Oil and Gas Sector: The Prospects of a Transition Fuel

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Oil and Gas Sector: The Prospects of a Transition Fuel

Source: UpStream

The oil and gas sector has a critical role to play in the energy transition. They are the most well-positioned to develop and deploy large scale renewable energy infrastructure. Asian financiers, like the ADB and AIIB, have stated that they will support this transition by no longer funding coal and oil projects. Yet, they will continue to fund natural gas, as many see it as a transition fuel while renewable energy capacity increases.

08 December 2021 – by Eric Koons

We are living through the midst of an energy transition, and much focus is on the oil and gas sector. The reliance on fossil fuels is quickly dissipating in contrast to investments soaring in renewable energy in the global economy. Companies in the oil and gas sector see the tectonic shift. Now some want to align themselves with a renewable energy future.

Leading the charge is Malaysia’s oil giant Petronas. Beginning in 2013, Petronas has been investing in the solar PV industry. Today, over 1 GW of solar arrays are under its umbrella. While most of the companies’ interests are in fossil fuels, the mood for change is growing to decrease their dependence on fossil fuel.

Moves like Petronas’ are seen as good investment decisions. They ensure that energy companies can capitalise on the soon-to-be skyrocketing demand for renewable energy and long-term prosperity. But many other oil and gas companies are lagging.

Asia’s Attachment to the Oil and Gas Sector

For some continents, the transition is easier said than done. Asia’s attachments to the gas industry and oil industry fall largely on its existing infrastructure. The physical characteristics of crude oil play a role, too – the energy-dense fossil fuel is meeting the needs of a rapidly growing Asia. Advancing technology, like those seen in vacuum gas oil, makes the transition away from oil harder. 

Renewable energy, on the other hand, has high startup costs. Added pressure comes from investors to deliver returns year after year, like the oil and gas sector. Investments in renewables will likely cut into short-term gains.

Overall, the oil and gas producers are reluctant to invest in the transition, despite the momentum seen in renewable energy. However, the hesitation instead focuses on renewables being unable to compensate for oil and gas – so far.

How can Oil and Gas Companies Adapt to the Changing Landscape?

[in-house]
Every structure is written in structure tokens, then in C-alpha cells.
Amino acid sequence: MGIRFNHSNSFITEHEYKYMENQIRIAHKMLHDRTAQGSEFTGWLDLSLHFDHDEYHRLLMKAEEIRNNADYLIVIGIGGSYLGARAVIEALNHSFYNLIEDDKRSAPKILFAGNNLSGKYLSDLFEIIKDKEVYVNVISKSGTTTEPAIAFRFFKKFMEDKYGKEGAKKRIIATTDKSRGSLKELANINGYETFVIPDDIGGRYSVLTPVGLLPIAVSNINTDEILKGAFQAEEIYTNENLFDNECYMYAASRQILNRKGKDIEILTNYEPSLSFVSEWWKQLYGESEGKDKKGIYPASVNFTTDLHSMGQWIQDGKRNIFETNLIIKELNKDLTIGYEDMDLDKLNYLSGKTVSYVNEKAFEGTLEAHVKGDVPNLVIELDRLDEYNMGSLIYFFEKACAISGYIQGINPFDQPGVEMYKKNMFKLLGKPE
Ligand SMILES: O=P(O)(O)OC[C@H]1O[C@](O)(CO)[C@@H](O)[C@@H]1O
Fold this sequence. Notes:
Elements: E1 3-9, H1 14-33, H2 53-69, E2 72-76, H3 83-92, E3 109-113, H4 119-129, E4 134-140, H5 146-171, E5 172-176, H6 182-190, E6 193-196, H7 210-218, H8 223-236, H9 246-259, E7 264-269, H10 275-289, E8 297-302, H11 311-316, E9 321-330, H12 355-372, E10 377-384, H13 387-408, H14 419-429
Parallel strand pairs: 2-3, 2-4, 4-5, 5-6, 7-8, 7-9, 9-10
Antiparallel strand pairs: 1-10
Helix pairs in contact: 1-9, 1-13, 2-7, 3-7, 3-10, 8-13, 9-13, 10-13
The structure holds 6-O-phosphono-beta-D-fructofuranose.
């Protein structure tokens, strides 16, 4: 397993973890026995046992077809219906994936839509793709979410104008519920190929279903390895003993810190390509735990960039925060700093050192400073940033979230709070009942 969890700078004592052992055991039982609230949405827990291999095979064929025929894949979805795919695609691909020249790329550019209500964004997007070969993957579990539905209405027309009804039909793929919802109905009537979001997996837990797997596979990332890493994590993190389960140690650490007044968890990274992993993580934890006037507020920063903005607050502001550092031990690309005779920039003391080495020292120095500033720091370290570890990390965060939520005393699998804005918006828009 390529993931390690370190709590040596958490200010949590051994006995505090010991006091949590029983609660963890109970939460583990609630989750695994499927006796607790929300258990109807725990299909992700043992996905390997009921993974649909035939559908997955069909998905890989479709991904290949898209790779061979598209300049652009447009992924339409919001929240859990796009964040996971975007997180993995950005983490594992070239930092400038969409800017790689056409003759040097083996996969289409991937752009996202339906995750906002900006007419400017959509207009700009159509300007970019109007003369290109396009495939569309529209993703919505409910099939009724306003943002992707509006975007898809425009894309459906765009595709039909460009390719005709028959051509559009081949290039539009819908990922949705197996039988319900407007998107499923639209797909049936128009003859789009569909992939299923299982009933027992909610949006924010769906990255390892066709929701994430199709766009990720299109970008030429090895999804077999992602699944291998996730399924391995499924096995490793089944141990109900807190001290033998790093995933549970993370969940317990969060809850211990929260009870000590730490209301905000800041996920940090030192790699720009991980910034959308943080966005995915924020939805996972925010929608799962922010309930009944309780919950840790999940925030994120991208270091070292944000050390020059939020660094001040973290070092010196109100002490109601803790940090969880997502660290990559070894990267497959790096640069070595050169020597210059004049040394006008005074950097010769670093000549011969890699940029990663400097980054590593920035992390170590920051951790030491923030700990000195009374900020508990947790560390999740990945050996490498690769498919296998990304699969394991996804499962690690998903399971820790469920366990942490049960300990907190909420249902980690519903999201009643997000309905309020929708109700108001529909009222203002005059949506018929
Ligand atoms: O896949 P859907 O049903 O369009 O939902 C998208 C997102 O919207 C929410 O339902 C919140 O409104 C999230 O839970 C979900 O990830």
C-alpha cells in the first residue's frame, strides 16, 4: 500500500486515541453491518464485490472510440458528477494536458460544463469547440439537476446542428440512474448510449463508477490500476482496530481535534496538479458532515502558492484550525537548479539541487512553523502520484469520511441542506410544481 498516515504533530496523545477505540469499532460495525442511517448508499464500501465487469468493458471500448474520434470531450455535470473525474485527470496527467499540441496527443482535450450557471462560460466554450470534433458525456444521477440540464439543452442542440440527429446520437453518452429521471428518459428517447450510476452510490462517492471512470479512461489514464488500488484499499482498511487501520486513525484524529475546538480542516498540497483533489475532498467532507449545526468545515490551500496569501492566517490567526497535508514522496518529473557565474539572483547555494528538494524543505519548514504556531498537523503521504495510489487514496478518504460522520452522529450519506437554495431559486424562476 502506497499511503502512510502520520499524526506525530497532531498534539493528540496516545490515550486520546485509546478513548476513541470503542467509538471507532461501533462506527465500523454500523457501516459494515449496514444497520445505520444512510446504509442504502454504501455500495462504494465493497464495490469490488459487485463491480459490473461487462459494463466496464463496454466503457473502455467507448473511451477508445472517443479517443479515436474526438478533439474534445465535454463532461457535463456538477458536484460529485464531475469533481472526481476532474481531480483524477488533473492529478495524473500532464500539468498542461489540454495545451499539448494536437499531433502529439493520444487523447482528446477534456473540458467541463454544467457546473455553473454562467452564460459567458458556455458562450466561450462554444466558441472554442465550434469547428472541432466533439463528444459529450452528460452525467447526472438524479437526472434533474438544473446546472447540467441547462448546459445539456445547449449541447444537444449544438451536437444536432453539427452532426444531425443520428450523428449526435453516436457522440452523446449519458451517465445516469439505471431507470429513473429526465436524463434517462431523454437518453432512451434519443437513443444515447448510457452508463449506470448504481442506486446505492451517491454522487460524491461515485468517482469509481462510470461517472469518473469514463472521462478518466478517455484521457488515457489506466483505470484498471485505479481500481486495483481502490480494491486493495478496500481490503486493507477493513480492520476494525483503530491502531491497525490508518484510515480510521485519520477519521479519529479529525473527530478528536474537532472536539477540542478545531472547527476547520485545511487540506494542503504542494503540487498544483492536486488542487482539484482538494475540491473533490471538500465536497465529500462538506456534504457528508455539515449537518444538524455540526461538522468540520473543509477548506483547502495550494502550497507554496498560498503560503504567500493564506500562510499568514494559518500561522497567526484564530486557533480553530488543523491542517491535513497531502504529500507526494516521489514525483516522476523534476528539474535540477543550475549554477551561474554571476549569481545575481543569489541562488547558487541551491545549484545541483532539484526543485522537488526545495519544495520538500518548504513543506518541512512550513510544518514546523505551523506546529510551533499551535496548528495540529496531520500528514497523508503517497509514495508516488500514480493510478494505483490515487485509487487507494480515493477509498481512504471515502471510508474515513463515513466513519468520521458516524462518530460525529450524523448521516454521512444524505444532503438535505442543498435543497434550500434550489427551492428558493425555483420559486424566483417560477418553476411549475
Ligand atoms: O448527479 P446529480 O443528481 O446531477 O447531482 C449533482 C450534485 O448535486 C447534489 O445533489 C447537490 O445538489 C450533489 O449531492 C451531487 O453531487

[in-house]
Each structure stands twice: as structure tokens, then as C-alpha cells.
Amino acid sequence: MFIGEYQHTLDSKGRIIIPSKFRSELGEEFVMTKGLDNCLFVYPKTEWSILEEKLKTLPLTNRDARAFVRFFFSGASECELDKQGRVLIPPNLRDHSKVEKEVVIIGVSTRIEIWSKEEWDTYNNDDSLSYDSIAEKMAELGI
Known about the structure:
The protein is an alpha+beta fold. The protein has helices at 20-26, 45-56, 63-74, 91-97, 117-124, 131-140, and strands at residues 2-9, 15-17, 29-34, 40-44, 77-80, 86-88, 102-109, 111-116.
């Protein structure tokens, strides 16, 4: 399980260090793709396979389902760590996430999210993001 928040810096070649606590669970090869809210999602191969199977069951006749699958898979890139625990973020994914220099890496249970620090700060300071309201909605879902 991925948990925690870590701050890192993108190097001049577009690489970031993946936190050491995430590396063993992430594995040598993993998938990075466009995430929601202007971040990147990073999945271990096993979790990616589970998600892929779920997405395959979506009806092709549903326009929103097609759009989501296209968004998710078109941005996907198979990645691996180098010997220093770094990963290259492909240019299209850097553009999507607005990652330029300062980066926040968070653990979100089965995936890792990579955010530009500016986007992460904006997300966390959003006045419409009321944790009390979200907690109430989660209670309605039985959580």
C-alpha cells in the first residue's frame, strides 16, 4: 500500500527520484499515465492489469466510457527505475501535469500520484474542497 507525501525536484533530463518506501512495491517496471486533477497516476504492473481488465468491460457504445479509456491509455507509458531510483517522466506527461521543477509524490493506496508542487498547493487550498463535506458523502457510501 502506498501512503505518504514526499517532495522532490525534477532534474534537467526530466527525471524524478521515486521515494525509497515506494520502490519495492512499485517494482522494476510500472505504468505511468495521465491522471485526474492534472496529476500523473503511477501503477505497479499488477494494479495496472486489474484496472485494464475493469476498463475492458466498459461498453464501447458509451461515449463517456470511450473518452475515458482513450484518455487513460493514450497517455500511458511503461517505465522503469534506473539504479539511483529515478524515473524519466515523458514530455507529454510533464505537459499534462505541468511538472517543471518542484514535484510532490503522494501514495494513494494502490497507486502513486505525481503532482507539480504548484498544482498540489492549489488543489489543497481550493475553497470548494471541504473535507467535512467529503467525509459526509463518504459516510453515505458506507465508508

The transition to renewables won’t happen overnight, and it won’t happen on its own. There will need to be a concerted effort across energy production, including financiers and consumers.

As part of COP26 in Glasgow, many financial institutions made commitments to stop funding fossil fuel projects. They are collectively adding to the list of financiers that have already done so. Governments also need to invoke concrete legislation to curb carbon emissions – more so than the non-binding commitments made at COP26.

Is Natural Gas a Viable Transition Fuel?

Many pundits suggest that natural gas will be a transition fuel while the world moves from fossil fuels to renewable energy. Natural gas is favoured simply because it is less carbon emissions-intensive than coal or oil. With this, Asia’s natural gas production has increased dramatically to meet the continents surging energy demand. Nevertheless, natural gas remains a carbon-emitting fossil fuel, despite its preferred status above coal or oil. 

In equal measure, there is no shortage of experts and commentators advocating that natural gas is nothing but a short-term fix. Reliance on natural gas will, they argue, ultimately be a loss for the environment and climate change.

Major Asian Financiers’ Roles

Major Asian lenders play a prominent role in the transition to renewable energy. The Asian Development Bank (ADB) and the Asian Infrastructure Investment Bank (AIIB) both have significant stakes in the energy outlook for the continent. Already, ADB is pulling out of extraction related projects in coal and oil – their policy does announce for natural gas financing to continue, however. Similarly, AIIB has taken the same stance as ADB but stresses that natural gas is only a short-term bridge fuel

Both banks are now committing collectively USD 150 billion – ADB with 100 and AIIB with 50 billion – in climate-related financing. This is an enormous leap from USD 5 billion annually reserved for ADB energy projects in the past.

The Oil and Gas Industry is a Key Player

As major Asian banks are moving towards renewable energy, there is even more reason for the oil and gas industry to capitalise on this momentum. Funding is guiding the future of energy development, and not transitioning towards renewables is akin to missing out on significant investments. Commitment from the oil and gas sector to renewables, much like Petronas, will aid in the transition to renewable energies that are already well underway.

by Eric Koons

Eric is a passionate environmental advocate that believes renewable energy is a key piece in meeting the world’s growing energy demands. He received an environmental science degree from the University of California and has worked to promote environmentally and socially sustainable practices since. Eric’s expertise extends across the environmental field, yet he maintains a strong focus on renewable energy. His work has been featured by leading environmental organizations, such as World Resources Institute and Hitachi ABB Power Grids.

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